Members of the Design Review Committee have said they “hate” and “deplore” architect Robert Venturi’s plans for the proposed Berry Library. But few people doubt that Venturi is one of the world’s greatest and most influential living architects.
Venturi’s theories and style are widely mimicked, and he was the key figure in initiating the Postmodernist movement in the 1960s.
In 1966, Venturi published “Complexity and Contradiction in Architecture,” which turned modernist architecture on its head and, in effect, put in motion postmodernist architecture. Venturi said that he wanted ‘complexity and contradiction’ in architecture; he liked the ‘messiness’ of architecture.
Modernism had failed us; failed to deliver on its promises and failed to improve our lives, he said. It needed to be replaced with an architecture that acknowledged the needs and desires of those who inhabited the buildings. He countered the modernist cry of ‘less is more’ with ‘less is a bore.’
In the 1960s, young architects and critics were taken with Venturi’s “new mix, a cocktail of high and low culture,” according to The New York Review of Books.
He established that the symbols of architecture are as important as the things the viewer actually sees. For instance, the symbolism of the Berry Library is based on the mill buildings of New England, according to campus planner Lo-Yi Chan ’54. Venturi sought to capture the architectural essence of Dartmouth Row: brick, plain and simple windows, and thin, straight lines.
Venturi’s iconoclastic style is described in detail in his second book, “Learning from Las Vegas,” which caused more of an uproar in the architectural community than the first. Venturi’s buildings, as delineated in the book, can be divided into two categories: “ducks” and “decorated sheds.”
What are “ducks?” This specification derives its name from the Big Duck in Flanders, Long Island, the 1930s roadside stand in the shape of a duck which sold, among other things, ducks. This building gave Venturi the idea to build buildings that actually speak of their function. Imagine a dairy in the shape of a milk bottle. In this vein, Venturi created the Trans World Airlines Terminal at New York’s Kennedy airport which resembles a bird in flight.
In contrast, Venturi also designs “decorated sheds” which he describes as “the building as generic shelter whose planar surfaces are decorated.” His point was that people are drawn to places like Las Vegas. They like the color, the neon, the decoration, the fountains — all the things disdained by modernists. Venturi said we have to “learn” about the kinds of architecture that people like and apply those lessons to all architects design.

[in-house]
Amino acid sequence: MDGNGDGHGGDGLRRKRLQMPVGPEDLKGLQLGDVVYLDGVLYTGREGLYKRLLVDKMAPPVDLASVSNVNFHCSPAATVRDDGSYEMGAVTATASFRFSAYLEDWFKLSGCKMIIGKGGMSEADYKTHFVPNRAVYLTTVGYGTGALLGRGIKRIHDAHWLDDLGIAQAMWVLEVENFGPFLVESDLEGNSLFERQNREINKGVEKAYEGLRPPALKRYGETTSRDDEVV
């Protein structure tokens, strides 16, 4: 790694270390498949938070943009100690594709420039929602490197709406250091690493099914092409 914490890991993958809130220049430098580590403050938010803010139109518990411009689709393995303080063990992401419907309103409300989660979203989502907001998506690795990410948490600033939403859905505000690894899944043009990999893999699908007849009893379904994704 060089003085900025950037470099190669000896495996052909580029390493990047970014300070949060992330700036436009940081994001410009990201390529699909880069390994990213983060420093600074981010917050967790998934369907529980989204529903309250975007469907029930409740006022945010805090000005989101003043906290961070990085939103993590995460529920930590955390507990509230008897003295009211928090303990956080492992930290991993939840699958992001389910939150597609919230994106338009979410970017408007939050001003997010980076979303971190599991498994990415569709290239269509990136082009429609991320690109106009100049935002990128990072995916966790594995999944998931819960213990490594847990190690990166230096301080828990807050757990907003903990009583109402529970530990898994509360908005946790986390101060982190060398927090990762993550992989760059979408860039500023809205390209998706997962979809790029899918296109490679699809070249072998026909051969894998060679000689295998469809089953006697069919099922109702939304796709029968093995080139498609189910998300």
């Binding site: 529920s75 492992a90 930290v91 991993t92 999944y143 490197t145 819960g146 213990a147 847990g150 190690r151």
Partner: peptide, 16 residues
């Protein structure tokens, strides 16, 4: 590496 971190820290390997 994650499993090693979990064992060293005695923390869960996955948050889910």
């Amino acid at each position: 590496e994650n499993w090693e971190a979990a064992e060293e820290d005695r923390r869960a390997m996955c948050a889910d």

Venturi’s firm, Venturi, Scott Brown, and Associates, which he heads with his wife Denise Scott Brown, now makes sheds. These buildings, although easily understood at first glance, demand greater scrutiny from a viewer to comprehend the grander intentions of the architect.
Since the 1960s he has designed an impressive body of work around the world. He has been honored with dozens of major architectural prizes, including being named a Fellow of the American Institute of Architects, the Thomas Jefferson Medal, and the ‘Nobel’ of architecture, the Pritzger Prize.
Venturi’s firm has established an esteemed practice based largely on university buildings — he has designed for Princeton University, the University of Pennsylvania, and the University of California, Los Angeles. Most recently, he has been praised for the Sainsbury Wing at the National Gallery in London. He also designed the Cummings wing to the Thayer Engineering School at Dartmouth.
Some have touted Venturi as the greatest living American architect. But, according to History Professor Marlene Heck, “Architecture isn’t like basketball, where one can say Michael Jordan is the greatest living player of the game. There are many ways of designing, many great architects.”
Venturi’s designs have often been called controversial, but the man himself is softspoken, Heck said.
“Having heard him speak many times and knowing of him and his work for the last 25 years, I can say he comes across as a tremendously thoughtful man; quiet and measured in his manner,” Heck said. “In his work, he has taken chances, done things differently, and as always happens when one does so, he has been criticized.”
But he is in fine company, for all throughout the history of architecture, designers who changed the course of the profession, who had a different vision, have been criticized. Students now are taught about their work and they are held up as great thinkers and practitioners — for example, Frank Lloyd Wright.
Chan, the campus planner, says this is why the College chose Venturi to design the Berry Library.
“When you pick someone of that caliber, you take some risks — and some pay off handsomely. We could have chosen a safe architect, but the College has integrity, as does Venturi.”